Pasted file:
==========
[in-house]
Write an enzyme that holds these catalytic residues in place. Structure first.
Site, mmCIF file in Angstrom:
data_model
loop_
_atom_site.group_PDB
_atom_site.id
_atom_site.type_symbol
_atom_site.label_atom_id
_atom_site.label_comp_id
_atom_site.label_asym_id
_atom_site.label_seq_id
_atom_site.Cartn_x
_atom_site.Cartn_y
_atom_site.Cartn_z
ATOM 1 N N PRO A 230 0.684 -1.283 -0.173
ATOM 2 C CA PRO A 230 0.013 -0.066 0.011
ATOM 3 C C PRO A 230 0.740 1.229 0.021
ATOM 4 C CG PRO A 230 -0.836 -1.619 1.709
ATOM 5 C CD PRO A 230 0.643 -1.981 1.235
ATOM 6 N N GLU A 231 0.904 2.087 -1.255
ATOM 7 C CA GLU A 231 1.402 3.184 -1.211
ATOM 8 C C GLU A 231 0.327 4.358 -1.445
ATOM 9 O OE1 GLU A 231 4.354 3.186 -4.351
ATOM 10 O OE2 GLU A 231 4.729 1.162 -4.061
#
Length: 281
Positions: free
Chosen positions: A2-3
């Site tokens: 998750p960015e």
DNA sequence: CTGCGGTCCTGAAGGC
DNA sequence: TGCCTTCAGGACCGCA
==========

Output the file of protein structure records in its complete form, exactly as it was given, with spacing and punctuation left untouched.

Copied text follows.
[in-house]
Write an enzyme that holds these catalytic residues in place. Structure first.
Site, mmCIF file in Angstrom:
data_model
loop_
_atom_site.group_PDB
_atom_site.id
_atom_site.type_symbol
_atom_site.label_atom_id
_atom_site.label_comp_id
_atom_site.label_asym_id
_atom_site.label_seq_id
_atom_site.Cartn_x
_atom_site.Cartn_y
_atom_site.Cartn_z
ATOM 1 N N PRO A 230 0.684 -1.283 -0.173
ATOM 2 C CA PRO A 230 0.013 -0.066 0.011
ATOM 3 C C PRO A 230 0.740 1.229 0.021
ATOM 4 C CG PRO A 230 -0.836 -1.619 1.709
ATOM 5 C CD PRO A 230 0.643 -1.981 1.235
ATOM 6 N N GLU A 231 0.904 2.087 -1.255
ATOM 7 C CA GLU A 231 1.402 3.184 -1.211
ATOM 8 C C GLU A 231 0.327 4.358 -1.445
ATOM 9 O OE1 GLU A 231 4.354 3.186 -4.351
ATOM 10 O OE2 GLU A 231 4.729 1.162 -4.061
#
Length: 281
Positions: free
Chosen positions: A2-3
């Site tokens: 998750p960015e």
DNA sequence: CTGCGGTCCTGAAGGC
DNA sequence: TGCCTTCAGGACCGCA